Perhaps the least interesting thing about Megan Ellison, Gigi Pritzker and Molly Smith is that these game-changing film financiers happen to be the scions of three of America’s wealthiest families — a status that’s more Trivial Pursuit factoid than it is relevant to their dramatic impact on the current indie movie scene. Indeed, there is a long history of private-sector capitalists who gambled on the film business, from Howard Hughes in the 1940s to the more recent likes of industrialist Steven Rales and fashion magnate Sidney Kimmel — flirtations of varying lengths and intensity, but ultimately, in almost every case, a passing fancy.
What sets Ellison, Pritzker and Smith apart is that the movie business is their business, as well as their all-consuming passion. Financiers they may be, but they’re also creative, hands-on producers with dirt under their fingernails, many notches in their belts, and a keen understanding of the art and commerce of making movies. By keeping overhead low and cultivating relationships with A-list actors and directors seeking to flex their creative muscles, they’ve revitalized a space — the midbudget, adult-skewing drama — that the studios have largely abandoned. Many of the films they’ve bankrolled might otherwise never have seen the light of day.
So far, the gamble seems to be paying off. Since 2009, movies produced, exec-produced and/or financed by these three women have taken in more than $1.5 billion at the worldwide B.O., and racked up an impressive 39 Oscar noms. As their latest releases — “Foxcatcher” (Ellison), “Rosewater” (Pritzker) and “The Good Lie” (Smith) — head into the awards season, the future seems promising.
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“You think about your career path, and you hear stories about people who always knew what they were going to do in life,” says Pritzker, whose decade-old OddLot Entertainment counts Nicolas Winding Refn’s “Drive,” John Cameron Mitchell’s “Rabbit Hole” and Sundance hit “The Way Way Back” among its credits. “Mine feels like a series of amazingly bizarre happenstances and twists,” she adds.
The youngest of five children born to Jay Pritzker, founder of the Hyatt hotel chain, Pritzker, 52, grew up loving movies (often going to two a day on weekends with her dad). But she never thought about a career in the biz until, after graduating from Stanford with a BA in anthropology, she attended a small film school on the outskirts of Santa Fe.
“There were eight of us,” she recalls. “We had to learn how to load every kind of magazine, how to work a Moviola and a Steenbeck. It was physical production stuff, and I just loved it. The concept was that you’d do that for a year, and then go to Temple University and get your masters in visual anthropology. Except I forgot the second part. ”
Pritzker headed instead to New York and, together with friend (and eventual OddLot co-founder) Deborah Del Prete, started a small production company for commercials, musicvideos and industrial films. It was, says Pritzker, a second film school, and also a very successful business enterprise — so much so that, by 1989, she was ready to try her hand at producing an indie feature, “Simple Justice,” with Del Petre directing.
Around that time, Jay, impressed by his daughter’s acumen, offered her a post in the family business. Pritzker said thanks, but no thanks. “It took a while for him to understand,” she says. “For him, business was what was fun and exciting. But for me, the storytelling and filmmaking process were what was interesting.”
Today, Pritzker (who ranks No. 260 on the Forbes 400 list, after inheriting a sizable chunk of her father’s fortune in 1999) says she’s interested in building a mixed portfolio that includes not only OddLot but theater production company Relevant Theatricals, partial ownership of foreign sales firm Sierra/Affinity, and a stake in Robert Simonds’ new studio. That diversity of interests is reflected in OddLot’s slate, which ranges from arthouse fare like “Drive” and “Rosewater” to YA sci-fi adaptation “Ender’s Game” and forthcoming Johnny Depp comedy “Mortdecai.”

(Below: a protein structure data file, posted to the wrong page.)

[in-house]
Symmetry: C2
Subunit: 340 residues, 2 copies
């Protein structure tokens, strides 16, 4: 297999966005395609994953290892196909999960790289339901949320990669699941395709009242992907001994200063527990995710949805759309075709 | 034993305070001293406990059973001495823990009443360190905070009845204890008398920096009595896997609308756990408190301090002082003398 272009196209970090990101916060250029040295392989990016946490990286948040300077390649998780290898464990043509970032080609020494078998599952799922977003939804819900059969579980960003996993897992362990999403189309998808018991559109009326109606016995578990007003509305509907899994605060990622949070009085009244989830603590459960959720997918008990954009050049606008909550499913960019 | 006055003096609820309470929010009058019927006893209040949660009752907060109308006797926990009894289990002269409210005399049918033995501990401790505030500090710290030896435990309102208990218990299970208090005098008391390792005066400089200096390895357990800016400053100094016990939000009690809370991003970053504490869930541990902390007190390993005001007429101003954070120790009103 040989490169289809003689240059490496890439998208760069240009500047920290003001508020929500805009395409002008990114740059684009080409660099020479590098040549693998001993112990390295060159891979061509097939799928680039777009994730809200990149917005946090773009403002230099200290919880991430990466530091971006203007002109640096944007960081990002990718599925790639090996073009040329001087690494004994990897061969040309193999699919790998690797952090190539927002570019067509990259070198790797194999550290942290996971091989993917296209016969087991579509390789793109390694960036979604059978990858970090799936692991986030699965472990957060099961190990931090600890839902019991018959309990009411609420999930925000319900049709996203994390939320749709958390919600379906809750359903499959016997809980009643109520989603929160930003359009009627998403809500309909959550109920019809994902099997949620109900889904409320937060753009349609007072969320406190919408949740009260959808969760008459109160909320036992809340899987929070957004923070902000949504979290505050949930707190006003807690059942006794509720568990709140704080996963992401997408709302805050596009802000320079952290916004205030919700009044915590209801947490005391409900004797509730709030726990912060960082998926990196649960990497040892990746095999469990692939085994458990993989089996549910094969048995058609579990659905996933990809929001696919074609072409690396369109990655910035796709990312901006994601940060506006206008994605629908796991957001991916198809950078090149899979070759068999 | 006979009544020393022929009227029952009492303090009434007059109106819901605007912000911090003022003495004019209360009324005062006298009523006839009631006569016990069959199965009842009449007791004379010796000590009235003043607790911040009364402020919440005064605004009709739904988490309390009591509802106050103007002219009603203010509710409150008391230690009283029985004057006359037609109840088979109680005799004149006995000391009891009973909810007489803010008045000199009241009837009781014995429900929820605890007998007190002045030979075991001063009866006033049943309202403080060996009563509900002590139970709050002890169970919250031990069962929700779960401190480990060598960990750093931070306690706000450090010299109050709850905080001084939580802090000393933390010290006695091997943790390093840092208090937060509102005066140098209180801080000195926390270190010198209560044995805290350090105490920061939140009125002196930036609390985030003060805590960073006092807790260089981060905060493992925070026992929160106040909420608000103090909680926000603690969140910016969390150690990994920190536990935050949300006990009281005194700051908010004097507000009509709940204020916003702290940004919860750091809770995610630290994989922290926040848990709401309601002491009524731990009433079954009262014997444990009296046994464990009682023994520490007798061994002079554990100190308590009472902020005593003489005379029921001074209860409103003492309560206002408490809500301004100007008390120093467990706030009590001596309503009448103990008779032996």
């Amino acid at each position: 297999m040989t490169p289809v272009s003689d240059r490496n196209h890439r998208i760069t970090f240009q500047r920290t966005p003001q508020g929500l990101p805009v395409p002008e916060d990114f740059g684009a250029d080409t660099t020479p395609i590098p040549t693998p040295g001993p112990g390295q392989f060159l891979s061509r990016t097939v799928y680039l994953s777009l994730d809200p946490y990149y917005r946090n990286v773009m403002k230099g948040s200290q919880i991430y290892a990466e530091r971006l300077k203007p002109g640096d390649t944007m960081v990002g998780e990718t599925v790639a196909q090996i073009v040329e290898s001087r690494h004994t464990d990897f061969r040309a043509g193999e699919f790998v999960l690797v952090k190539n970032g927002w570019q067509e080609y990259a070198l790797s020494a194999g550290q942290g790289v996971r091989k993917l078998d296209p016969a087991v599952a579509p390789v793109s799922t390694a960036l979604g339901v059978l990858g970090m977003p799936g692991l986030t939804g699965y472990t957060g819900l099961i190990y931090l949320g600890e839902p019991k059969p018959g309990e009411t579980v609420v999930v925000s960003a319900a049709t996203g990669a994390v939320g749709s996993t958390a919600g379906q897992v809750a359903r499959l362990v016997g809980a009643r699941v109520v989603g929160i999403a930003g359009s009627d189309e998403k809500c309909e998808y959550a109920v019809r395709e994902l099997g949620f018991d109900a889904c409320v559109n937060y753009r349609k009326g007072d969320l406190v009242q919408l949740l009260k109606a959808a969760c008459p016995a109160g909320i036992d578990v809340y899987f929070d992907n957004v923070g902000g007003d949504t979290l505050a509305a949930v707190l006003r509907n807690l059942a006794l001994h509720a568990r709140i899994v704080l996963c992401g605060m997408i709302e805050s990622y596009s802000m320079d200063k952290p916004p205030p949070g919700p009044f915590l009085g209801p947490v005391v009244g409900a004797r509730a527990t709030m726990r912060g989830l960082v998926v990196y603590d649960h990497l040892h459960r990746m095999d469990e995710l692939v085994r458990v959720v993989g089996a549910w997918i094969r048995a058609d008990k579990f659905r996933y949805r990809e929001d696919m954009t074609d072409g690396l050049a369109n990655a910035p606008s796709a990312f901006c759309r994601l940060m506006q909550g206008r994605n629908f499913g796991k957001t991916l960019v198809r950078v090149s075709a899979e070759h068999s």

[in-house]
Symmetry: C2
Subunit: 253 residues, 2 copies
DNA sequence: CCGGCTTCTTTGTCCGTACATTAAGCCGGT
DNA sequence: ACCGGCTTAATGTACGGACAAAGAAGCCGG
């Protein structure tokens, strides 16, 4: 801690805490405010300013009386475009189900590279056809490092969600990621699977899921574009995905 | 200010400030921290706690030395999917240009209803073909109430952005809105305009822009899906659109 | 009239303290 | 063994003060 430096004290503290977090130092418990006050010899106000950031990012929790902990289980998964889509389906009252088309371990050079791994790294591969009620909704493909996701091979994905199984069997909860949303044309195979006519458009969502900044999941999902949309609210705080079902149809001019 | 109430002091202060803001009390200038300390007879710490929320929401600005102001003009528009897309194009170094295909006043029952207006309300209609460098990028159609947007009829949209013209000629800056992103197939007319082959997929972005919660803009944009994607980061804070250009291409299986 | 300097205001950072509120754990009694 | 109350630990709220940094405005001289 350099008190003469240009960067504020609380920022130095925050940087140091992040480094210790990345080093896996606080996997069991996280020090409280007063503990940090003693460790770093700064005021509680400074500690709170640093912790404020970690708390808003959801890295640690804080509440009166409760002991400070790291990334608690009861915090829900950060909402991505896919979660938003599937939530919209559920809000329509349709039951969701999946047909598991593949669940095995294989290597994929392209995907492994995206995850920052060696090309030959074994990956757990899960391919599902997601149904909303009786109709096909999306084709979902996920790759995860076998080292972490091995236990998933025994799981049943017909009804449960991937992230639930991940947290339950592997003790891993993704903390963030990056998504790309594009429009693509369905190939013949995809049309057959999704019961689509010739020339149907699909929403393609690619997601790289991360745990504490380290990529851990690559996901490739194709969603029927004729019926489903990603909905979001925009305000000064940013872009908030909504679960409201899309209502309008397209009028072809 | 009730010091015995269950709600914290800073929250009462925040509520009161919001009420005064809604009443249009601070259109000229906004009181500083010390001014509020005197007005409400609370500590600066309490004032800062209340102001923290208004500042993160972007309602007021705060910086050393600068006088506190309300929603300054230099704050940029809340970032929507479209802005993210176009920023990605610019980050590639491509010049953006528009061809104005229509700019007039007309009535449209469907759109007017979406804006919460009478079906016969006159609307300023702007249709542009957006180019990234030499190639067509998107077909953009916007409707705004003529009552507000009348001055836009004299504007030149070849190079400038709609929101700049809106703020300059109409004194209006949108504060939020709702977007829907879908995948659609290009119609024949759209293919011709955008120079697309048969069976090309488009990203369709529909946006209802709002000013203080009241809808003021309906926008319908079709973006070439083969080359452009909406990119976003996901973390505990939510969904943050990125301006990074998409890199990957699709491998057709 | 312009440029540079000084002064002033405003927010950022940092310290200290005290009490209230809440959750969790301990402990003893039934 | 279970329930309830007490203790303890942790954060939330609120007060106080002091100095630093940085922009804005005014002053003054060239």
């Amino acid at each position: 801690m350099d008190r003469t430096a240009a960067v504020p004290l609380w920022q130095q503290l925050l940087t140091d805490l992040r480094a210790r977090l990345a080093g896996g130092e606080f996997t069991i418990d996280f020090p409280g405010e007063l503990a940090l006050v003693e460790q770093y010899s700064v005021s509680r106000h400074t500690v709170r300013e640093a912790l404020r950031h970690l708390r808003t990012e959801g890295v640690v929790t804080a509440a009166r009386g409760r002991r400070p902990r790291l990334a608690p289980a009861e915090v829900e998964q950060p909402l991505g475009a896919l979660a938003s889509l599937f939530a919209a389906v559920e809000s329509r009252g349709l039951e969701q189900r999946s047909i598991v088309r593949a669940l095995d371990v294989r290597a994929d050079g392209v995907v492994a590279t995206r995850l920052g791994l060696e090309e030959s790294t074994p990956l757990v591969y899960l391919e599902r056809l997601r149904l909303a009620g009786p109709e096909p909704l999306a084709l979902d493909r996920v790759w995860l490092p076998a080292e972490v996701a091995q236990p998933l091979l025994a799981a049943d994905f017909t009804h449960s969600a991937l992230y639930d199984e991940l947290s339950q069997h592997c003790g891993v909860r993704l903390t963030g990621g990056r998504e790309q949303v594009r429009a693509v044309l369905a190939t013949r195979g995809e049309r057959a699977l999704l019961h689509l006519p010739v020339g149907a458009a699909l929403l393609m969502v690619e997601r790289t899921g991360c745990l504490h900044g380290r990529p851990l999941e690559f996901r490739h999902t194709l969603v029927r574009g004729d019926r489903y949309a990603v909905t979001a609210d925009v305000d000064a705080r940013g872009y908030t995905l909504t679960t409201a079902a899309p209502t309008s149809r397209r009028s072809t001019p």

The through line, Pritzker says, is stories that have weight to them. “It’s about the script, the story, the filmmaker, and the team that’s bringing it forward.”
Jon Stewart notes Pritzker’s dedicated presence throughout the “Rosewater” shoot, his feature debut. “She was always incredibly supportive,” he says. “Anytime you’re in 100-degree weather in the middle of Jordan, in the summer, during Ramadan, and your financier is standing right behind you by the kerosene generator, you know that they’re involved.”
Pritzker, who spent many years as a line producer, insists she’ll take a producer credit only when she feels she’s “been instrumental every step of the way” on a project. “I love getting deep in the weeds when it’s a project that benefits from having me deep in the weeds,” she says.
Pritzker wouldn’t confirm reports of her company’s rumored involvement in “Manchester-by-the-Sea,” a new film by Oscar-nominated screenwriter Kenneth Lonergan. However, when asked if, hypothetically, she would have any hesitation about working with a filmmaker who supposedly caused a nightmare situation for his producers on his previous directing effort (the years-in-the-editing-room “Margaret”), she didn’t hesitate.
“Hypothetically, somebody in that situation would have to be very confident in their own ability, and the ability of the team around them, to help that director express himself in a way that’s productive for everybody. We’re really good at that.”
Unlike Pritzker and Ellison, Memphis native Smith, 33, can claim to be a second-generation producer — sort of. Back in 1997, her father, FedEx founder, chairman, president and CEO Fred Smith (estimated net worth: $2.3 billion) received a business plan from a couple of Princeton grads who dreamed of starting their own film company. Smith liked what he saw, and became the principal investor in Broderick Johnson and Andrew Kosove’s Alcon Entertainment — the independent financing and production outfit whose longterm output deal with Warner Bros. has yielded such critical and popular successes as “The Blind Side,” “Insomnia” and “Prisoners.”
A movie buff as a kid, at 17, Molly (one of 10 Smith children) already had her sights set on NYU film school when Alcon opened its doors. But her father’s new business venture gave her a chance to enrich her education by spending her summer breaks working as a PA on some of Alcon’s earliest productions, including the 2001 drama “The Affair of the Necklace.” It was there that she met actress Hilary Swank, with whom she would go on to form the production company 2S Films. Their initial venture, “P.S. I Love You” (2007), financed by Alcon, earned Smith her first full producing credit, and grossed $157 million worldwide.